Afghanistan: Here Is The Plan


September 25, 2009: One vital Taliban goal is to convince the rest of the world that Afghanistan is an unsafe place for foreigners. That's nothing new. The region has always been awash in outlaws and bandits. The only law, in most of the country, is tribal custom. And that can change at the whim of whatever strongman is running things in an area you are travelling through.

Running Afghanistan has always been all about getting the tribes to get along. That isn't happening now because several back the Taliban (which draw their manpower from all over the south), and several more back drug lords (and the enormous wealth that goes with that). Most of the tribes are content to back the government, as long as they have something to show for it. Everyone wants to get paid, and there are frequent squabbles over what constitutes a "fair share." The vast majority of Afghans can agree on keeping the Taliban from controlling the government once more. Foreigners tend to keep missing that, but the Taliban are well hated by the majority of tribes, and individual Afghans. The Taliban have already demonstrated, a decade ago, how they would run things.  Despite Taliban promises to clean up their act the second time around, few believe it. That's because the Taliban are currently using terror and mass murder to coerce cooperation. The Taliban know how to make a mess, not clean up one.

The current Afghan government has made itself unpopular for a number of reasons. First, there is the ancient problem of not giving each faction what they believe they deserve. The government controls a lot of money (mostly foreign aid), and every tribe and war lord believes their deserve more than they are actually getting. Then there is the growing number of government officials bribed by the drug gangs, or becoming partners with them. In most of Afghanistan, there is no drug production, and the locals want no part of the heroin and opium. That's because Afghanistan, and its neighbors have a growing addict problem. Afghanistan is now the main source of the world heroin and opium supply. While most is smuggled out to more lucrative foreign markets (Persian Gulf, Europe and North America), some of it is sold off to the locals at bargain prices. The Taliban tolerated this in the 1990s (even as they persecuted addicts and local suppliers), and they tolerate it now. No one expects the Taliban to control the drug trade, but the government says it will, and doesn't. Finally, there's the recent presidential elections where, by current count, about a quarter of the votes were the result of government sponsored fraud. This makes the government another bunch of warlords, with no moral standing. Just another bunch of thugs, ruling by force, fraud and deception. The Taliban use this reality to demoralize those who still seek an alternative to another round of Taliban tyranny. And the Taliban have dropped all pretense of being anything but a bunch terrorists. They regularly use assassination, kidnapping and beatings to compel obedience and cooperation. So far this year, they have made about a hundred assassination attempts against government and tribal leaders. About half these attempts have succeeded, and many prominent Afghans have fled the country, or refused to participate in the government, because of it.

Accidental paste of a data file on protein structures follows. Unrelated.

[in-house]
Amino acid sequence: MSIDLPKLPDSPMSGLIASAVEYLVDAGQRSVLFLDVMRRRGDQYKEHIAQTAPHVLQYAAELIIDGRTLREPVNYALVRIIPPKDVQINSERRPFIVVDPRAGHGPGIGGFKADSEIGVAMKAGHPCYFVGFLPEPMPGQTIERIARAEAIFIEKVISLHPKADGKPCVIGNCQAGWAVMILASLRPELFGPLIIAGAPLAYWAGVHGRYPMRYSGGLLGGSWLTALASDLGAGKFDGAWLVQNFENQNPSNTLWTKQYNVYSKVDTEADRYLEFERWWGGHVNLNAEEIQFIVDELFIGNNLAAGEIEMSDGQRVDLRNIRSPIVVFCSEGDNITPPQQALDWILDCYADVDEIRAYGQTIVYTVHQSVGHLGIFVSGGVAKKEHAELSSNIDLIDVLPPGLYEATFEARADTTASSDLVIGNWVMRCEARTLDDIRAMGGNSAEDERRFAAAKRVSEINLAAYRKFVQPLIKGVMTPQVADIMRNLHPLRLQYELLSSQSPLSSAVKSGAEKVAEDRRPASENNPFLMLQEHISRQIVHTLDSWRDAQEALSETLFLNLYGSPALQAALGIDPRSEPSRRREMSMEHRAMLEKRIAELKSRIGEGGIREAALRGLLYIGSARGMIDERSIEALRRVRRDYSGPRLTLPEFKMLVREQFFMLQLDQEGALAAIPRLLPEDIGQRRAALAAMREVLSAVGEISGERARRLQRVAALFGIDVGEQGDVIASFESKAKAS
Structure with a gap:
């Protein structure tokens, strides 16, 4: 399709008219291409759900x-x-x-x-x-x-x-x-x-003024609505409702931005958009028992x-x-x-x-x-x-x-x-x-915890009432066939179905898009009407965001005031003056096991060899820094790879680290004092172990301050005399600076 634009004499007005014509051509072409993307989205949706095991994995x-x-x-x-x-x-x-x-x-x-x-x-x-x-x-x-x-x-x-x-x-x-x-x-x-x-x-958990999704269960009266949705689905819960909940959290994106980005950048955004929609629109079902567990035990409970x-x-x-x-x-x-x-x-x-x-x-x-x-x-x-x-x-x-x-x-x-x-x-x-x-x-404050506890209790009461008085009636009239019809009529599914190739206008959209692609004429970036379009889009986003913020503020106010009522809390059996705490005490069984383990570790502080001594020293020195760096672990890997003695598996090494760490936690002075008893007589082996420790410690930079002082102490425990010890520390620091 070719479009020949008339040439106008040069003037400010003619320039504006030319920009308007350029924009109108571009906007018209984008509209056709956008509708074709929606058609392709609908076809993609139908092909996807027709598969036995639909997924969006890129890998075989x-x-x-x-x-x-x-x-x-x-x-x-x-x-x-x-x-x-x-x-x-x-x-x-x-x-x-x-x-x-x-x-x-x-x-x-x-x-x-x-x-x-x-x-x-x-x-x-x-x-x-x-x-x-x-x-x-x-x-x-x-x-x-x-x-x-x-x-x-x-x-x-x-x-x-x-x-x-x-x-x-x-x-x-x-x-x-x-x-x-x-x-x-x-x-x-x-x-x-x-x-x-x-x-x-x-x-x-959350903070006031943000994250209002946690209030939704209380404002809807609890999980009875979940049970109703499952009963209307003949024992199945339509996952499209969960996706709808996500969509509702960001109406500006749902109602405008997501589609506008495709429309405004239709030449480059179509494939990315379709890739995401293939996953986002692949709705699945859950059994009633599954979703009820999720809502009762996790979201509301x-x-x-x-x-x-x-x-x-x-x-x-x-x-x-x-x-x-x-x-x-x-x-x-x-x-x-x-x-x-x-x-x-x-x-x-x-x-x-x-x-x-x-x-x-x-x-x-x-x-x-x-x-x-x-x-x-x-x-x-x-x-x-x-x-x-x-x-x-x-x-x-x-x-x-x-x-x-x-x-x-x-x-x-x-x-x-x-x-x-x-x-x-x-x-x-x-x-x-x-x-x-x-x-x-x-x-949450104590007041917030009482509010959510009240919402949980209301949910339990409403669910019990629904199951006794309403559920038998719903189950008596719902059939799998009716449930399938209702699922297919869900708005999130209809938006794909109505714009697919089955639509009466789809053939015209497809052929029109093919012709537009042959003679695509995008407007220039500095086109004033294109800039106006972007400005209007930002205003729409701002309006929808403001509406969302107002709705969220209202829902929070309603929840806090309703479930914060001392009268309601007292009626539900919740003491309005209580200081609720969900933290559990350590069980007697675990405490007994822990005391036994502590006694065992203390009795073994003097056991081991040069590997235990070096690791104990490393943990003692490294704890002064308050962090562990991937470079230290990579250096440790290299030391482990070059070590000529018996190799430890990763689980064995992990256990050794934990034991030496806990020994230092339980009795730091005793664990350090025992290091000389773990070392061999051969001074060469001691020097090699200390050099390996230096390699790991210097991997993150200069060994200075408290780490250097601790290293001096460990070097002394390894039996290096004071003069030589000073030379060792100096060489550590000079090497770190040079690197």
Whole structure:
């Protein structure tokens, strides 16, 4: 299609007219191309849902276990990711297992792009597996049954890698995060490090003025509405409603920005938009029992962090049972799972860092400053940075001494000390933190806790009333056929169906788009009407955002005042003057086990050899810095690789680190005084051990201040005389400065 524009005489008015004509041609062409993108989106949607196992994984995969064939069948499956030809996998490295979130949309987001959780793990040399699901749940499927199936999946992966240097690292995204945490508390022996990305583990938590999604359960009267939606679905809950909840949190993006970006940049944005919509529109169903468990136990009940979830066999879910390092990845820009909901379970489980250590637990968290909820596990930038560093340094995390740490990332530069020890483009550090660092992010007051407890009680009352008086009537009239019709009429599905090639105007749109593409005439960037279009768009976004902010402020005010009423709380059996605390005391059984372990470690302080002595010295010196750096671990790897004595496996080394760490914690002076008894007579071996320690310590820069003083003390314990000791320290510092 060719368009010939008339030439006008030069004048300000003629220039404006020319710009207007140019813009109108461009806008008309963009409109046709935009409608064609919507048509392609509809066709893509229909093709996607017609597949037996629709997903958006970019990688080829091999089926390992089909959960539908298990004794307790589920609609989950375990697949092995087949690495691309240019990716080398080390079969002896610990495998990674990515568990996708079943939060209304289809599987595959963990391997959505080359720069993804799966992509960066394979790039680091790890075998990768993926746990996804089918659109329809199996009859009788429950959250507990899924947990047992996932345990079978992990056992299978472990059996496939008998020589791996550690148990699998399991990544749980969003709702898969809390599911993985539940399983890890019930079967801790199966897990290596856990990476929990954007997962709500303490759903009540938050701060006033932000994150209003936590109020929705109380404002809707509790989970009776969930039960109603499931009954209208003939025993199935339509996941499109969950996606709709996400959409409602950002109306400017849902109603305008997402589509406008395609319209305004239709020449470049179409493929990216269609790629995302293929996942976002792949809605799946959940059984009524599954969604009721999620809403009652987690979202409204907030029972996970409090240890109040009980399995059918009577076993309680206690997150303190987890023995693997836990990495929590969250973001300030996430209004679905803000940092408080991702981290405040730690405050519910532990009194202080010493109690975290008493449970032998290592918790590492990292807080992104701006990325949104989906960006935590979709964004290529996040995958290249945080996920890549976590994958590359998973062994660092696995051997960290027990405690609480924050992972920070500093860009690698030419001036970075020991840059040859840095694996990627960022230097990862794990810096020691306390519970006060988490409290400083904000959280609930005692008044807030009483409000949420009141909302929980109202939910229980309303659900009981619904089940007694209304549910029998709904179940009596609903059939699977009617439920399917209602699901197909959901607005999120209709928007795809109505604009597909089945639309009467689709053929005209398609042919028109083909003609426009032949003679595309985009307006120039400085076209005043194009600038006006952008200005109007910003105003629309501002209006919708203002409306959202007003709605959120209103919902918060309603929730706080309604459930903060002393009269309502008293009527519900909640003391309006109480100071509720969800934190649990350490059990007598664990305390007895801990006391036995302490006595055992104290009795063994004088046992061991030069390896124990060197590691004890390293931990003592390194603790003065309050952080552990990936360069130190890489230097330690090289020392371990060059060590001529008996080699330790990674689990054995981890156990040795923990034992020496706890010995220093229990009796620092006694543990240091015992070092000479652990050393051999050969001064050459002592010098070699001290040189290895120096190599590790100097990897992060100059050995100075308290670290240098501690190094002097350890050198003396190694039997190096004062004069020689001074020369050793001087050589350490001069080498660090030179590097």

Despite the success of the Pakistani Army across the border, pro-Taliban tribes still control large areas. The Pakistani generals want the tribal leaders to allow the government to control the borders, but not run them. This is the compromise works that over there, but still allows Islamic terrorists to hide in obscure areas of the tribal territories. The Pakistani forces are not fighting to destroy al Qaeda and the Taliban, but to stop these radicals from making war on the Pakistani government. But the NATO forces in Afghanistan want Pakistan to stop being a refuge for Islamic terrorists, and this is not likely to happen. The Pakistani's will settle for a peace that will leave their side of the border a hiding place for Islamic terrorists. Thus the continued war against terrorist leaders in Pakistan, using a growing intelligence network, and UAVs firing missiles at the terrorist leaders when they are located. This has been remarkably successful, at least judging by how terrorized the terrorist leaders are.